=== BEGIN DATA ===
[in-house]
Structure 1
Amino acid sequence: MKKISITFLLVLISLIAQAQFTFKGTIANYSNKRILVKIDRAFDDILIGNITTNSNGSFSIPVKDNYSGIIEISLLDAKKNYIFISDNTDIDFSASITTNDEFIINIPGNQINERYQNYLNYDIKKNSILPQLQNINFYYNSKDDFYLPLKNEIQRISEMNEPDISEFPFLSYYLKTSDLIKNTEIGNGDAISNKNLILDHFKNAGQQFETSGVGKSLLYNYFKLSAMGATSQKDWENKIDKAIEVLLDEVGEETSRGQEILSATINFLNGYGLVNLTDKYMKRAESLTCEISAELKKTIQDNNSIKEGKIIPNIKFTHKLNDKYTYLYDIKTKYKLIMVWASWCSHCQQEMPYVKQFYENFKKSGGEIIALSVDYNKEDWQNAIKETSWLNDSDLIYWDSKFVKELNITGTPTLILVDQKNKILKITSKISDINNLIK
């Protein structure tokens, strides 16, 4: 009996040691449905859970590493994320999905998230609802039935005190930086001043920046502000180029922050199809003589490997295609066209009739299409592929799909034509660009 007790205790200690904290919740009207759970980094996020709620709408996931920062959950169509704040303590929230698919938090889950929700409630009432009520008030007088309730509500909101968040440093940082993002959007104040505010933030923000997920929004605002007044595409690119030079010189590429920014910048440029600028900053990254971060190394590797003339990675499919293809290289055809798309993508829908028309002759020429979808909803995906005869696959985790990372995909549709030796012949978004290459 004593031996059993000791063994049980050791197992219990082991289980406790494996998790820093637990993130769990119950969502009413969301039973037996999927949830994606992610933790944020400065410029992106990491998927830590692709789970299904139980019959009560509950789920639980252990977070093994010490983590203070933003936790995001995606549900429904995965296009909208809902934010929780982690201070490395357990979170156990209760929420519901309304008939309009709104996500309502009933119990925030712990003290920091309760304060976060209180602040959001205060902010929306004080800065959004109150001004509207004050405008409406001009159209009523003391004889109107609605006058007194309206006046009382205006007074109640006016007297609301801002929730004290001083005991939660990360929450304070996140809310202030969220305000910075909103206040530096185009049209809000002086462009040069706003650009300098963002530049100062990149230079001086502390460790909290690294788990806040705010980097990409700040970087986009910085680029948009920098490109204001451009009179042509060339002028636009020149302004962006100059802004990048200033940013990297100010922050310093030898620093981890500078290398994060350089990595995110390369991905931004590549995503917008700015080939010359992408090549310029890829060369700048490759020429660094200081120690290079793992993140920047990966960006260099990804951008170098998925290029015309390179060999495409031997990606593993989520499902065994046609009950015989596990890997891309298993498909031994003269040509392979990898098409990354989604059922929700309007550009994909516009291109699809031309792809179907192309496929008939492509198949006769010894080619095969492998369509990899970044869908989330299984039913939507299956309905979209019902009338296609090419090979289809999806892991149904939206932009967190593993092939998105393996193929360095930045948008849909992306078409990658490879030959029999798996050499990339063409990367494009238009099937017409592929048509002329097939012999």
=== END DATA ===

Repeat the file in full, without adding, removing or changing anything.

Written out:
[in-house]
Structure 1
Amino acid sequence: MKKISITFLLVLISLIAQAQFTFKGTIANYSNKRILVKIDRAFDDILIGNITTNSNGSFSIPVKDNYSGIIEISLLDAKKNYIFISDNTDIDFSASITTNDEFIINIPGNQINERYQNYLNYDIKKNSILPQLQNINFYYNSKDDFYLPLKNEIQRISEMNEPDISEFPFLSYYLKTSDLIKNTEIGNGDAISNKNLILDHFKNAGQQFETSGVGKSLLYNYFKLSAMGATSQKDWENKIDKAIEVLLDEVGEETSRGQEILSATINFLNGYGLVNLTDKYMKRAESLTCEISAELKKTIQDNNSIKEGKIIPNIKFTHKLNDKYTYLYDIKTKYKLIMVWASWCSHCQQEMPYVKQFYENFKKSGGEIIALSVDYNKEDWQNAIKETSWLNDSDLIYWDSKFVKELNITGTPTLILVDQKNKILKITSKISDINNLIK
């Protein structure tokens, strides 16, 4: 009996040691449905859970590493994320999905998230609802039935005190930086001043920046502000180029922050199809003589490997295609066209009739299409592929799909034509660009 007790205790200690904290919740009207759970980094996020709620709408996931920062959950169509704040303590929230698919938090889950929700409630009432009520008030007088309730509500909101968040440093940082993002959007104040505010933030923000997920929004605002007044595409690119030079010189590429920014910048440029600028900053990254971060190394590797003339990675499919293809290289055809798309993508829908028309002759020429979808909803995906005869696959985790990372995909549709030796012949978004290459 004593031996059993000791063994049980050791197992219990082991289980406790494996998790820093637990993130769990119950969502009413969301039973037996999927949830994606992610933790944020400065410029992106990491998927830590692709789970299904139980019959009560509950789920639980252990977070093994010490983590203070933003936790995001995606549900429904995965296009909208809902934010929780982690201070490395357990979170156990209760929420519901309304008939309009709104996500309502009933119990925030712990003290920091309760304060976060209180602040959001205060902010929306004080800065959004109150001004509207004050405008409406001009159209009523003391004889109107609605006058007194309206006046009382205006007074109640006016007297609301801002929730004290001083005991939660990360929450304070996140809310202030969220305000910075909103206040530096185009049209809000002086462009040069706003650009300098963002530049100062990149230079001086502390460790909290690294788990806040705010980097990409700040970087986009910085680029948009920098490109204001451009009179042509060339002028636009020149302004962006100059802004990048200033940013990297100010922050310093030898620093981890500078290398994060350089990595995110390369991905931004590549995503917008700015080939010359992408090549310029890829060369700048490759020429660094200081120690290079793992993140920047990966960006260099990804951008170098998925290029015309390179060999495409031997990606593993989520499902065994046609009950015989596990890997891309298993498909031994003269040509392979990898098409990354989604059922929700309007550009994909516009291109699809031309792809179907192309496929008939492509198949006769010894080619095969492998369509990899970044869908989330299984039913939507299956309905979209019902009338296609090419090979289809999806892991149904939206932009967190593993092939998105393996193929360095930045948008849909992306078409990658490879030959029999798996050499990339063409990367494009238009099937017409592929048509002329097939012999």